Facebook – Another Moral Dilemma
A Pew Research study revealed that social media is king when it comes to the news. In the US, 72 percent of millennials read the news via their Facebook, Twitter feed, and other social networking sites. Only 21 percent of people aged 50+ do the same. The older generation predominantly consumes news via their television.
Unilever CMO Keith Weed warned in a speech in March 2018 “that trusted brands could not afford to be associated with social media platforms that fail to safeguard users’ privacy.” He also said, “Across the world, dramatic shifts are taking place in people’s trust, particularly in media. We are seeing a critical separation of how people trust social media and more ‘traditional’ media. In the US only less than a third of people now trust social media (30%), whilst almost two thirds trust traditional media (58%).”
In the fall of 2017, I wrote an article for GreenMoney suggesting that Facebook was in the midst of a moral dilemma, based on a business model that sustains itself by removing as many privacy barriers to access its members’ data as was possible, within the context of what was legal and what the market permitted. Shortly after that article, Facebook’s roof began to leak.
In March 2018, we became aware of a massive breach (80-90 million uses) of its privacy agreement, by Cambridge Analytica. Mark Zuckerberg, Facebook’s CEO, spent quite a bit of time doing damage control, most notably before a Congressional Committee in the fall of 2019.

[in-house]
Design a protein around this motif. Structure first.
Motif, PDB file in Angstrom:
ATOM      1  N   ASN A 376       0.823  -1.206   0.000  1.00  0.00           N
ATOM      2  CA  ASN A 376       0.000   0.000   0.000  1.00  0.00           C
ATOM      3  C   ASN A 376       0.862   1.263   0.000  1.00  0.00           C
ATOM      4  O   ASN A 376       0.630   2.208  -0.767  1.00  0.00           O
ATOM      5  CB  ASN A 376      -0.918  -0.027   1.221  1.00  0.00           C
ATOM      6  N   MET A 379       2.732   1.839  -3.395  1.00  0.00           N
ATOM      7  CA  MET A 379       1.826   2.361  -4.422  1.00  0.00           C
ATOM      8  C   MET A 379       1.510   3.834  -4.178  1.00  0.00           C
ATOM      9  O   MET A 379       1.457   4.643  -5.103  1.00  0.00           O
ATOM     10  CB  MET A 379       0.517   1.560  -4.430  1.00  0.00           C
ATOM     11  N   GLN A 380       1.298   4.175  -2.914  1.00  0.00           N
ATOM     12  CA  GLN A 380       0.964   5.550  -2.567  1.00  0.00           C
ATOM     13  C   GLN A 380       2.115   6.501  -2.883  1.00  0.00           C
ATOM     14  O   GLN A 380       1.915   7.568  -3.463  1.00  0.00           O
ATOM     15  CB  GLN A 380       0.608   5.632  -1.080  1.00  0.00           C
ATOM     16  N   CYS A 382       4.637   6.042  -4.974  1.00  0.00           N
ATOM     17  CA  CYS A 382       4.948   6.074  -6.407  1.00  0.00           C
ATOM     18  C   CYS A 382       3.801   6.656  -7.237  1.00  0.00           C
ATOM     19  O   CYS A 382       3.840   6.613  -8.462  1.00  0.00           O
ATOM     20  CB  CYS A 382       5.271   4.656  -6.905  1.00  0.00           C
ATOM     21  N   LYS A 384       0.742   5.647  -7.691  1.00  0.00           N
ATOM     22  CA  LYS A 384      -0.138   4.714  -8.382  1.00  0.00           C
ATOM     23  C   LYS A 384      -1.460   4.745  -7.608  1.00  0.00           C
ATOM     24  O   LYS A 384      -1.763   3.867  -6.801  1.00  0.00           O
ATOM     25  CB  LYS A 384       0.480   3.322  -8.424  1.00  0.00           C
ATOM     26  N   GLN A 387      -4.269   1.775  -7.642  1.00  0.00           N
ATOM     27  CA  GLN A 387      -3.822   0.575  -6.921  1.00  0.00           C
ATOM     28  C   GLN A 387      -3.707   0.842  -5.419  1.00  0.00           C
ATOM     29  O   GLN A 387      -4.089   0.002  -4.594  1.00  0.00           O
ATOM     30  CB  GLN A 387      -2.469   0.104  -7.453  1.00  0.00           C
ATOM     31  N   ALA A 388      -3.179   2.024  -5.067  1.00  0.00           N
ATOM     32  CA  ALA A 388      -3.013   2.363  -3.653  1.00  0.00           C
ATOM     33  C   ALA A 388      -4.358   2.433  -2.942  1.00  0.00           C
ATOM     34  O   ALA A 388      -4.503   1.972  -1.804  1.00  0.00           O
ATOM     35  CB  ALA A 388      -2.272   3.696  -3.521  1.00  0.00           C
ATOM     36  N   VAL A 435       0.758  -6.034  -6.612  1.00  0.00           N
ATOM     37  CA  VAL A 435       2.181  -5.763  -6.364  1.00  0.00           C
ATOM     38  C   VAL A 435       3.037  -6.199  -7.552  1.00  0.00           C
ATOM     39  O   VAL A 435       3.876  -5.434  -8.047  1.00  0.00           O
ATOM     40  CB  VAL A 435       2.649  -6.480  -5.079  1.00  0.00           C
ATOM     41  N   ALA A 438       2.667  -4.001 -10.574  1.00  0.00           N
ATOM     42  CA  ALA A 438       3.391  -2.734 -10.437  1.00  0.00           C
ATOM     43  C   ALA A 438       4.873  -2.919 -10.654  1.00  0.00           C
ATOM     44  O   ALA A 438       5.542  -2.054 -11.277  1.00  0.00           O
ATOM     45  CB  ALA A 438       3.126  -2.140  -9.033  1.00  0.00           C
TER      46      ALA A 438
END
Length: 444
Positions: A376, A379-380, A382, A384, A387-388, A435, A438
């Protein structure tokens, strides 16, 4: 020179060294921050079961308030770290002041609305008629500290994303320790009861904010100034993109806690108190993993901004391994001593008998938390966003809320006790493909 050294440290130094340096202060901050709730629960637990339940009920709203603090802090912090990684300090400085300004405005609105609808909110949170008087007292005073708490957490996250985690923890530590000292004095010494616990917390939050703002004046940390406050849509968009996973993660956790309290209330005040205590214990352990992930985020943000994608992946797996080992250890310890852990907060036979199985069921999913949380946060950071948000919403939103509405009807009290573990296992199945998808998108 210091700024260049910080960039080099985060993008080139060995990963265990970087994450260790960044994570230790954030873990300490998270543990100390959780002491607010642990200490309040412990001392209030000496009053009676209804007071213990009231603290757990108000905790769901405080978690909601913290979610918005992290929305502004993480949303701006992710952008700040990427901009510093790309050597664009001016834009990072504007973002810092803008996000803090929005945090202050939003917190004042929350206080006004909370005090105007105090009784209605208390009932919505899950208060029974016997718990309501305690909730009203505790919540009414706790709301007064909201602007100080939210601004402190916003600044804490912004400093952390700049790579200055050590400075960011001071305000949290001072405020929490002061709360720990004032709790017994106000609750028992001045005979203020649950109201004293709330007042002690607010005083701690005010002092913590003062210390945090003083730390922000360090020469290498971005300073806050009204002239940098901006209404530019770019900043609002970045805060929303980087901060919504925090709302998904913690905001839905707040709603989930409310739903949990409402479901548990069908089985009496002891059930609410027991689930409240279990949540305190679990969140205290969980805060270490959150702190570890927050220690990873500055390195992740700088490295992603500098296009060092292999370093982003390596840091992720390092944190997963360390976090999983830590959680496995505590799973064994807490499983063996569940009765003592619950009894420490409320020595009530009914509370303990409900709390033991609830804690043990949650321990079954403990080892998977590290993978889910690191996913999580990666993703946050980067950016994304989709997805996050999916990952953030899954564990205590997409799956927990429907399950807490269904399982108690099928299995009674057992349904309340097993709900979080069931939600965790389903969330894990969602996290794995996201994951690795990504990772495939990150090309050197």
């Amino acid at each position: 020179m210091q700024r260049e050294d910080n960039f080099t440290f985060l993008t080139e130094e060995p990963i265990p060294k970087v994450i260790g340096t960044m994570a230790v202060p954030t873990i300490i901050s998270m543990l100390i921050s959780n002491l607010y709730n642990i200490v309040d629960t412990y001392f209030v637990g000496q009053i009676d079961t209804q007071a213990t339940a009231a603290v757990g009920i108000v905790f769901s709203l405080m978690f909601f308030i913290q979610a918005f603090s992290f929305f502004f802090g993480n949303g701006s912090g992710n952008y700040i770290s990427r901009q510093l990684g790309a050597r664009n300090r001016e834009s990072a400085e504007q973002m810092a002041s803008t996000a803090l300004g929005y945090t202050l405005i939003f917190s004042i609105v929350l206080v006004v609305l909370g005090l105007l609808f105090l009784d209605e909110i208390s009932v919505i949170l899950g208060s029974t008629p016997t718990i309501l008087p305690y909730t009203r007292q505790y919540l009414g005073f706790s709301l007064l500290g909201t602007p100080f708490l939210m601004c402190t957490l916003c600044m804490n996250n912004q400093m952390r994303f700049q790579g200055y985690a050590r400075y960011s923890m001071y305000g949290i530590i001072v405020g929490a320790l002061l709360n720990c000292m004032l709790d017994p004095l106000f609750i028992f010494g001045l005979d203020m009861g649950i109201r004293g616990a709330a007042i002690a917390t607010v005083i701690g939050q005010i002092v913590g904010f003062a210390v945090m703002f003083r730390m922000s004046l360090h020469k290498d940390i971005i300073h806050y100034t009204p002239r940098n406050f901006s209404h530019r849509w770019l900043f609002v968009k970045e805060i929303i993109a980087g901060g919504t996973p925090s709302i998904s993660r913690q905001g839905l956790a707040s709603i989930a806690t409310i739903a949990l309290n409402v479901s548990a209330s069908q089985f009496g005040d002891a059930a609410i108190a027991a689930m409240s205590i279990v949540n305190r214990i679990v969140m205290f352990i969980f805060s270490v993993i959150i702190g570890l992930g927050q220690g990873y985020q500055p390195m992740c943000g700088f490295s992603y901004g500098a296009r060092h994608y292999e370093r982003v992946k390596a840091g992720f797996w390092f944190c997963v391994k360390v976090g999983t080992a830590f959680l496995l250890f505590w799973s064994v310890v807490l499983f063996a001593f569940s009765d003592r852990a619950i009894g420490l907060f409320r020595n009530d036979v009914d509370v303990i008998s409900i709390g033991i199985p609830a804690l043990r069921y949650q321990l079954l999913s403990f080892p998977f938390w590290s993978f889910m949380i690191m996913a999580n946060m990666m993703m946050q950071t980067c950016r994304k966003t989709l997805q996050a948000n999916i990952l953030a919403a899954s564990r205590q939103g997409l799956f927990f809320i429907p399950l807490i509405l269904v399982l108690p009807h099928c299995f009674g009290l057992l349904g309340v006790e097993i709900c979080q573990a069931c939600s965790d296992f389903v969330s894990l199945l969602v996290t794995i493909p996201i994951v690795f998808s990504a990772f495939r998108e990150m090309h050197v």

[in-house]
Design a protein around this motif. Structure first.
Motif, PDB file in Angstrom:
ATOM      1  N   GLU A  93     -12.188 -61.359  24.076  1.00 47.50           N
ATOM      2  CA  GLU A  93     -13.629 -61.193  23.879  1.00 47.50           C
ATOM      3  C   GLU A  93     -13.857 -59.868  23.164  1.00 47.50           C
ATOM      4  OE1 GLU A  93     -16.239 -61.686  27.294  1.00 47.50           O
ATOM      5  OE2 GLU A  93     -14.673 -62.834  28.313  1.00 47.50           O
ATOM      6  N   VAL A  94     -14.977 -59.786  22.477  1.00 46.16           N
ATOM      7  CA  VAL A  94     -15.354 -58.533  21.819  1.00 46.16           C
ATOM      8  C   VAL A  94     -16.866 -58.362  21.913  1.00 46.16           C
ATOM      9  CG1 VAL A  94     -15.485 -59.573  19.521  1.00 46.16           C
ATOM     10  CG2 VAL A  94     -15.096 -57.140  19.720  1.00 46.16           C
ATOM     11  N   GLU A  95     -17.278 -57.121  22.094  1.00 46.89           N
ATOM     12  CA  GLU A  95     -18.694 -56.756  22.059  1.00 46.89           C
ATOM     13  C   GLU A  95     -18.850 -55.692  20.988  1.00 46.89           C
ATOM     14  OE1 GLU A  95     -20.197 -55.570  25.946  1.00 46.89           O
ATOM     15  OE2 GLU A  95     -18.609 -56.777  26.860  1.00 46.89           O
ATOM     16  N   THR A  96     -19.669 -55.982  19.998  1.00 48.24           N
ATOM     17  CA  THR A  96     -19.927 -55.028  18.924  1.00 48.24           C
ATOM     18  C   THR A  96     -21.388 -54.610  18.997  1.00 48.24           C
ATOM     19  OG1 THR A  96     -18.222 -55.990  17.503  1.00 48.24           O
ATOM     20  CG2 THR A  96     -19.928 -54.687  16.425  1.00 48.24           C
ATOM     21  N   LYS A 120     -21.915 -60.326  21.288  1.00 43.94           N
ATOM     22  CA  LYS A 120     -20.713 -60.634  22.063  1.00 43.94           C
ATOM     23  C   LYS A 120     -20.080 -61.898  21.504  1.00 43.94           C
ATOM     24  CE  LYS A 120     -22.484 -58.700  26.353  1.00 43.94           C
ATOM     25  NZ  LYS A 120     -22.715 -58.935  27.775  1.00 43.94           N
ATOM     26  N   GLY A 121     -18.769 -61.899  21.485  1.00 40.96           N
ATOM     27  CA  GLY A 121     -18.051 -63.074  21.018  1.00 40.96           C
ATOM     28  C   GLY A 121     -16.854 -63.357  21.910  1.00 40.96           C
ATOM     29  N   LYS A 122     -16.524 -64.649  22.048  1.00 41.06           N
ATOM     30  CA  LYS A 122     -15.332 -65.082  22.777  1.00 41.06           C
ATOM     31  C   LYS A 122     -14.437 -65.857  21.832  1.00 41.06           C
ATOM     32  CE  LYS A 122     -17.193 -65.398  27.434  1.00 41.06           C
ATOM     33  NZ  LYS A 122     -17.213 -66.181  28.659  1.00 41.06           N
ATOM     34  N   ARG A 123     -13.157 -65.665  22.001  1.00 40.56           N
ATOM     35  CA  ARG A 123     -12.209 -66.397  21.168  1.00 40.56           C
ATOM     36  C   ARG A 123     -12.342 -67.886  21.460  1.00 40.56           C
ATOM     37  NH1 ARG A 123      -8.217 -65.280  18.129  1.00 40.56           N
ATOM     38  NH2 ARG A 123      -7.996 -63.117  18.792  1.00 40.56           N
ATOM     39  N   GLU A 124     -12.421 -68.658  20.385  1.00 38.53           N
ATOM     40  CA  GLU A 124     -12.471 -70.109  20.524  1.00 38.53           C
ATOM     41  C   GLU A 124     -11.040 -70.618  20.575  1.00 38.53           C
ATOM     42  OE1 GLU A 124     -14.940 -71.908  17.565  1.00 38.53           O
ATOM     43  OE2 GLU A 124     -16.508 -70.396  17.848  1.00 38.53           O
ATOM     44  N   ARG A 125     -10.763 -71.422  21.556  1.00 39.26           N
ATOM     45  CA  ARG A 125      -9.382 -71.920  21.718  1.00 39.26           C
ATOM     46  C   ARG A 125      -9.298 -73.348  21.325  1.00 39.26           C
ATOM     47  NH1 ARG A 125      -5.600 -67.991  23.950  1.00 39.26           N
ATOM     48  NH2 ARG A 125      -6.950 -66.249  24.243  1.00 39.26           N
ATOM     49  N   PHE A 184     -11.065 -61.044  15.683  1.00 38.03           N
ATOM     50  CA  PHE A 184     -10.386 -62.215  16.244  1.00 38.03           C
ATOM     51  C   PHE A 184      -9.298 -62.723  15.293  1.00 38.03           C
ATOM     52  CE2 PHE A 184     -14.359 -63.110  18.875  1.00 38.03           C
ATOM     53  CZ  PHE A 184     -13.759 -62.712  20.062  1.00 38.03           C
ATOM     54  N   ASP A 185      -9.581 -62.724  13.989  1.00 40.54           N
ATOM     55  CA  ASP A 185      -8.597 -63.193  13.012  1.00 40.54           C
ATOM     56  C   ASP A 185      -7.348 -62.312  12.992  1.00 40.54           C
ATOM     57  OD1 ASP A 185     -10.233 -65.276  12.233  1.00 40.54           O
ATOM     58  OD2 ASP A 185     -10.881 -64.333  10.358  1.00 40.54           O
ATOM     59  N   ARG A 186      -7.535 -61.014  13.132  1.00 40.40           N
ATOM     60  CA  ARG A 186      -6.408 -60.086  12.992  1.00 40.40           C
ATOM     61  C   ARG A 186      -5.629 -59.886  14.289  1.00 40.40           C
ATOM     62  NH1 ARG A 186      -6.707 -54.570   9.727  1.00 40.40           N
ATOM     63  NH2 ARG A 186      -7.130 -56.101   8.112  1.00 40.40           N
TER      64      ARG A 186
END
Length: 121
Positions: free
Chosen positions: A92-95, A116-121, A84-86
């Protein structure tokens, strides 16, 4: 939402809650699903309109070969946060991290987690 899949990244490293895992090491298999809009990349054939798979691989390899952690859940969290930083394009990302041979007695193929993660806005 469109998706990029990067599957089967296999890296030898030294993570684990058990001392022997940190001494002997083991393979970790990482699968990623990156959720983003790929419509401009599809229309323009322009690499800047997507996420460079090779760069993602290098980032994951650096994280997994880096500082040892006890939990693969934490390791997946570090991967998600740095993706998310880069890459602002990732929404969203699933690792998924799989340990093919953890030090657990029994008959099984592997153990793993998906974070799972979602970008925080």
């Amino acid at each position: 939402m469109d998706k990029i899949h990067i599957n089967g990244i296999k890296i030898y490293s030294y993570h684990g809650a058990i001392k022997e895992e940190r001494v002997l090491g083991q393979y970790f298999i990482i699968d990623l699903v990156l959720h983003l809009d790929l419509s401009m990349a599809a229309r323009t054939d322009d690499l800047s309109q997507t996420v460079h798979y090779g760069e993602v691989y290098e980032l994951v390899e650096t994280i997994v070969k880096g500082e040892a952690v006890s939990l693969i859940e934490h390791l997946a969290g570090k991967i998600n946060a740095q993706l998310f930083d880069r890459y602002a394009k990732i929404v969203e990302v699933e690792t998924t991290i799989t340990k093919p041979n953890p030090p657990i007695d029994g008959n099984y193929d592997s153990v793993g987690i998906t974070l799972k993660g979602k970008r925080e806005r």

Shortly after that cycle of damage control, Zuckerberg appeared before a technology forum to discuss “Facebook News”, a now formal initiative to launch a “news” portal as part of its ecosystem. Facebook already enjoys the fact that it is a primary news source from it main feed. Now it has developed a “Facebook News” tab that is being tested in various markets.
And thus, we are now at the second saga of Facebook, an attempt to capitalize on the rise of social media as a primary news source for younger generations of Americans. The interesting thing is that they do not call themselves a news outlet, but a news ‘platform.’ That is a subtle but meaningful distinction as it relates to the issue of their responsibility for the news that finds it way onto its ‘platform’.
Here are some high level characteristics of the ‘news platform’ that are intriguing to me:
News will be optimized according to the infamous Facebook algorithm, which is a black box within a black box and not understood by many outside of Facebook.
Facebook will source its news from a variety of traditional sources and will pay some of those sources (distributors) for content. It is not clear how the payment system will work and whether those who are paid will have a preferred status for their news.
Facebook will cover Facebook. Their news will include direct news about Facebook. What’s the likelihood that this news will be negative? Many critics suggest they should refrain from being a source of news about themselves.
Facebook is loath to make judgments about the nature of certain political content (key difference between being an outlet and a platform), which is what leads to there being no or few filters applied to lies and deception, a continual problem for them.
Facebook’s Founder and CEO, Mark Zuckerberg has been clear that he is not likely to exercise any control over certain political speech. “Our policy is that we do not fact-check politicians’ speech. And the reason for that is that we believe that in a democracy it is important that people can see for themselves what politicians are saying.”